3D printed smart gel for targeted drug delivery
Washington: Scientists have 3D printed a smart gel that could lead to the development of "living" structures in human organs and tissues, soft robots and targeted drug delivery.
The approach involves printing a 3D object with a hydrogel (water-containing gel) that changes shape over time when temperatures change, said Howon Lee, assistant professor at Rutgers University in the US.
The study, published in the journal Scientific Reports, demonstrated fast, scalable, high-resolution 3D printing of hydrogels, which remain solid and retain their shape despite containing water.
Hydrogels are everywhere in our lives, including in contact lenses, diapers and the human body.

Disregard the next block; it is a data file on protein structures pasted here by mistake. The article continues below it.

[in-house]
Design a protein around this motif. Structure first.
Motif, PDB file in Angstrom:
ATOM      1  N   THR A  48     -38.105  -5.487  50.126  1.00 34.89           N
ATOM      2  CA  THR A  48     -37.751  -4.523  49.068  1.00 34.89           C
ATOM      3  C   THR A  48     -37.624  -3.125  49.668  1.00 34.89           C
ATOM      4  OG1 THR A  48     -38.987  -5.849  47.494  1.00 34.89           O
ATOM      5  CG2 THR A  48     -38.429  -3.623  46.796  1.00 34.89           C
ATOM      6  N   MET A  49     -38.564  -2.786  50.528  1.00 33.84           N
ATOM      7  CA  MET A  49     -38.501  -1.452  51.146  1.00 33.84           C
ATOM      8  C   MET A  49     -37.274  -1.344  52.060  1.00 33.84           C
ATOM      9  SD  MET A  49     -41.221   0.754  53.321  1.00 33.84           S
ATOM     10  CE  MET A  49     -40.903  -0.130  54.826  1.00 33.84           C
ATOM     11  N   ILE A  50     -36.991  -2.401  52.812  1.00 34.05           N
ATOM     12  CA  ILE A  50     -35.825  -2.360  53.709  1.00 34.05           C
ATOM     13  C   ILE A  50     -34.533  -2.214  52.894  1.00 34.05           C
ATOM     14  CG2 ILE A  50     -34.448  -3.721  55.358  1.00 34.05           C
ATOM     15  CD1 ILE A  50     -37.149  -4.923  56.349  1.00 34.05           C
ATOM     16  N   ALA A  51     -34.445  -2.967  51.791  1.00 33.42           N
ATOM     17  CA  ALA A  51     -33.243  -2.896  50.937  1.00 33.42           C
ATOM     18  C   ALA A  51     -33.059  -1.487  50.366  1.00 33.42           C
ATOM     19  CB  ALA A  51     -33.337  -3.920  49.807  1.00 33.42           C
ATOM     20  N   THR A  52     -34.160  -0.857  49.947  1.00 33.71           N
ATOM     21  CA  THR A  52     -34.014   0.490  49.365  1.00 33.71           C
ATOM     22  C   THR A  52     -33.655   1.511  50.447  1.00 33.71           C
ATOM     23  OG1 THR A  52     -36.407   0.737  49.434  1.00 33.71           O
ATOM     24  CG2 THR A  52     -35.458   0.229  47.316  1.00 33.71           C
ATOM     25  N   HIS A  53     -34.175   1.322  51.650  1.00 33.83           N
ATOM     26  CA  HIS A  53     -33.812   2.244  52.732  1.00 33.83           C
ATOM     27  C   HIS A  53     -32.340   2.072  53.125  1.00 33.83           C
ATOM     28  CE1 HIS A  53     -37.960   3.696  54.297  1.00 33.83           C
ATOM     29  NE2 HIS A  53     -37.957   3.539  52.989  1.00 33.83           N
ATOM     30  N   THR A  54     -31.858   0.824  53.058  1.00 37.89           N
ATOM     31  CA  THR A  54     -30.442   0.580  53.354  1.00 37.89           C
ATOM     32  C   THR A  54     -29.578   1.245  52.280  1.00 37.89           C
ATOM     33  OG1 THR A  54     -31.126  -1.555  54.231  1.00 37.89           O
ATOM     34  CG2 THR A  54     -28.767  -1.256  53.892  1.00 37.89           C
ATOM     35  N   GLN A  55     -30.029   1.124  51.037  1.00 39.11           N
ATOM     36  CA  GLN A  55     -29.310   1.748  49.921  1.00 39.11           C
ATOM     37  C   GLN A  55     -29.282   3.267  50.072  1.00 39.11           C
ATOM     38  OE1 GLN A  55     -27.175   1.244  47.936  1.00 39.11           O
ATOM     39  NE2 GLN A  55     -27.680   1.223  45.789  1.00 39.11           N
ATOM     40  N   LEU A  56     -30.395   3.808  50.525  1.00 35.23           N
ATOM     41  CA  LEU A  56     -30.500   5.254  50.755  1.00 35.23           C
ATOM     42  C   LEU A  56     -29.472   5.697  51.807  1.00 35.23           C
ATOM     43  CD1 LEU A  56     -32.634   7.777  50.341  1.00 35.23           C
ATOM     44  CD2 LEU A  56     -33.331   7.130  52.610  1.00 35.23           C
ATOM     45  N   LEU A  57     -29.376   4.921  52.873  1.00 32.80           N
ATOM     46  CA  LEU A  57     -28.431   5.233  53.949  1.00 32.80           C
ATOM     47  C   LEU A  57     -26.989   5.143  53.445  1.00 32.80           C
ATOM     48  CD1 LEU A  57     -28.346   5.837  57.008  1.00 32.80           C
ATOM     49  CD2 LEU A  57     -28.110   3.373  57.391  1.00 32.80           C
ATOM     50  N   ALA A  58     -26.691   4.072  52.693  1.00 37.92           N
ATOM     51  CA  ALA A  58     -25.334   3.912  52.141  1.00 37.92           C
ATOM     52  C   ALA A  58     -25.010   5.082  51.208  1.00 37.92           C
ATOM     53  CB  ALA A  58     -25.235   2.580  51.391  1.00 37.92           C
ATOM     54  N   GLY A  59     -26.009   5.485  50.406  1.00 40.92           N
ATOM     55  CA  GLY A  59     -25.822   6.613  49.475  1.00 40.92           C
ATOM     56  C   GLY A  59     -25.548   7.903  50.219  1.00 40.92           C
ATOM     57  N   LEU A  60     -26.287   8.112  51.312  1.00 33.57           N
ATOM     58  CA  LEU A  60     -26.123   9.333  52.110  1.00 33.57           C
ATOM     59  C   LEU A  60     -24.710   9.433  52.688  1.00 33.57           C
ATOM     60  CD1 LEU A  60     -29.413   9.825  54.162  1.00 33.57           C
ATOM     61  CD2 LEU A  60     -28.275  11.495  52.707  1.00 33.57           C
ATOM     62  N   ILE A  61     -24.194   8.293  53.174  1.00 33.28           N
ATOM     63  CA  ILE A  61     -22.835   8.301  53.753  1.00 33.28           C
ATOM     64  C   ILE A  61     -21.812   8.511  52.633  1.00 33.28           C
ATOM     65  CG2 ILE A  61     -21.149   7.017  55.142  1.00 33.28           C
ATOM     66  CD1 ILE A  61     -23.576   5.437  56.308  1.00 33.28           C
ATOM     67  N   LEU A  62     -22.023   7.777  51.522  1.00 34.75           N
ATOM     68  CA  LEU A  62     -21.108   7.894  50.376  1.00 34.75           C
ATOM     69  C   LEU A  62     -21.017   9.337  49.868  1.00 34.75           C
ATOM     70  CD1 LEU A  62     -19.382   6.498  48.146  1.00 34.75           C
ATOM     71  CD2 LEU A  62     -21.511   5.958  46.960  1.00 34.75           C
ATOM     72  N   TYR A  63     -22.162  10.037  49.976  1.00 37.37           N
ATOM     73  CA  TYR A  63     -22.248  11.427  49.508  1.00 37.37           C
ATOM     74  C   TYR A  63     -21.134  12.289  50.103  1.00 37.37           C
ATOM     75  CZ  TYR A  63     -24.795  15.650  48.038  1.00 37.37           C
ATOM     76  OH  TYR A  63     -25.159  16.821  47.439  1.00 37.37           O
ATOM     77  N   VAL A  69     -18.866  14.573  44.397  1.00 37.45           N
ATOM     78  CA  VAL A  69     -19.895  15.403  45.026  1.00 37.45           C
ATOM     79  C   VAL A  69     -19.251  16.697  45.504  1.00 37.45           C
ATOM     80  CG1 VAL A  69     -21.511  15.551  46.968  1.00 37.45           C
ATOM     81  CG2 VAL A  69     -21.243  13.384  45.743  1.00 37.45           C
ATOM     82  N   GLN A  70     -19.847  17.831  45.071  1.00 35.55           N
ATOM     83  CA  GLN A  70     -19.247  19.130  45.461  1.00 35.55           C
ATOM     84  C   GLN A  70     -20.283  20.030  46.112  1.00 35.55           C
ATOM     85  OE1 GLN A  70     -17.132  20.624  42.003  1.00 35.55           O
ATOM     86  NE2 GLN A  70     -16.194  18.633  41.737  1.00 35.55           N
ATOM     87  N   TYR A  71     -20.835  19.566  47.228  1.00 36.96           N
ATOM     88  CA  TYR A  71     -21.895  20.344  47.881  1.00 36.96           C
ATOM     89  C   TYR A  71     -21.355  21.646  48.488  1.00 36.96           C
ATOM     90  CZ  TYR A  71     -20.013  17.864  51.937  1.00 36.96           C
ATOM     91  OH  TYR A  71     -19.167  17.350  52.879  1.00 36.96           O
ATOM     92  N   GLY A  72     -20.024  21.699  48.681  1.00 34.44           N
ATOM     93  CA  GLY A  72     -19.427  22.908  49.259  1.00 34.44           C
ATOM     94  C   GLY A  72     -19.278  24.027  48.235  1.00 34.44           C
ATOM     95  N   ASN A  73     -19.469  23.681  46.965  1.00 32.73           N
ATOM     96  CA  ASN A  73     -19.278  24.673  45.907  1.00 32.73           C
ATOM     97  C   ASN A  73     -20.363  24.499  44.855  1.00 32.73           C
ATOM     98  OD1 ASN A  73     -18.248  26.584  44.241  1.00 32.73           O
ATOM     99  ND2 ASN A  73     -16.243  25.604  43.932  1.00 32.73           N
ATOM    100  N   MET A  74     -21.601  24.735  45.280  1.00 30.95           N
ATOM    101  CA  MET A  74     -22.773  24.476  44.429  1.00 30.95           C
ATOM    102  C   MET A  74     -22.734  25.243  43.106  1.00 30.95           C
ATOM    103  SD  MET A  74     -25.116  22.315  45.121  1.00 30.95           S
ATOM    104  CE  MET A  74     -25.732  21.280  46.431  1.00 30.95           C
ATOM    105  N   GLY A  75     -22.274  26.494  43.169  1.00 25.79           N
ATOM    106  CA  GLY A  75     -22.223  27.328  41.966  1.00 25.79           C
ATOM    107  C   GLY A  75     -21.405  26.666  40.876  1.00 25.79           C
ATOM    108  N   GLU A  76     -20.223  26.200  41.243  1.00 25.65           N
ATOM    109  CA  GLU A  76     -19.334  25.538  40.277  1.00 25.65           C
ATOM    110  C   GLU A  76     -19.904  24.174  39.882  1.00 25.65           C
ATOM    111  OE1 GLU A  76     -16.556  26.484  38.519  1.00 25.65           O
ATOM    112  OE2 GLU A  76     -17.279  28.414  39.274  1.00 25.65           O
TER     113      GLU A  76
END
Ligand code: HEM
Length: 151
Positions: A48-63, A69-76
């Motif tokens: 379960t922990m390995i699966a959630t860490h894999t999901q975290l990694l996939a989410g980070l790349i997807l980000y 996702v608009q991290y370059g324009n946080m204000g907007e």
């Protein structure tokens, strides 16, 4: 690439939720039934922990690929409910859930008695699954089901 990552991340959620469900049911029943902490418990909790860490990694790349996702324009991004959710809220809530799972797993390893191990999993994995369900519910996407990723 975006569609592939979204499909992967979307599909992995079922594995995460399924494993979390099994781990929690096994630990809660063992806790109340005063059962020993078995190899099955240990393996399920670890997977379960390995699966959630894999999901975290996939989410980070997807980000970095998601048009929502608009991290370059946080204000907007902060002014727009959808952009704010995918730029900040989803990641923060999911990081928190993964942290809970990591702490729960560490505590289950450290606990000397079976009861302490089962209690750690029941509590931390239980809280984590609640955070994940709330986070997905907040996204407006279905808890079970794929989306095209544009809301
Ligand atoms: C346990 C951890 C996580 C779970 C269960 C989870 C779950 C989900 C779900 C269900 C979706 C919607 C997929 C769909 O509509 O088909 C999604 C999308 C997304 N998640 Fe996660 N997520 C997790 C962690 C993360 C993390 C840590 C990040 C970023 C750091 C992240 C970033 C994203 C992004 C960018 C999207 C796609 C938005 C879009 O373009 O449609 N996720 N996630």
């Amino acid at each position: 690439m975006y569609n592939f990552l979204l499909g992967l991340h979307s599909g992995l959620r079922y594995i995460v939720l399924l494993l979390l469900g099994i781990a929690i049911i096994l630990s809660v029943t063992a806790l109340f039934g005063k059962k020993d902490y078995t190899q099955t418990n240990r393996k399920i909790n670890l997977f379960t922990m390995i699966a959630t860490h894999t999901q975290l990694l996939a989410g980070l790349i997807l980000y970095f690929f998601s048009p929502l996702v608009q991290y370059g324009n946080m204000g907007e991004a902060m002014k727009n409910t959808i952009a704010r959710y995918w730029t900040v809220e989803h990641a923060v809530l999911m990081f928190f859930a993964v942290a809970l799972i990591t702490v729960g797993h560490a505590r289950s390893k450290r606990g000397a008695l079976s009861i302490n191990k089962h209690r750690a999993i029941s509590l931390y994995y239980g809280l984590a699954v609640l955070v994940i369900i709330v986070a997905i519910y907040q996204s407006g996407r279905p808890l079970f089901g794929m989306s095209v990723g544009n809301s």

The smart gel could provide structural rigidity in organs such as the lungs, and can contain small molecules like water or drugs to be transported in the body and released. It could also create a new area of soft robotics, and enable new applications in flexible sensors and actuators, biomedical devices and platforms or scaffolds for cells to grow, Lee said.
"The full potential of this smart hydrogel has not been unleashed until now," said Lee.
"We added another dimension to it, and this is the first time anybody has done it on this scale. They are flexible, shape-morphing materials. I like to call them smart materials," Lee said.
Engineers worked with a hydrogel that has been used for decades in devices that generate motion and biomedical applications such as scaffolds for cells to grow on.
However, hydrogel manufacturing has relied heavily on conventional, two-dimensional methods such as molding and lithography.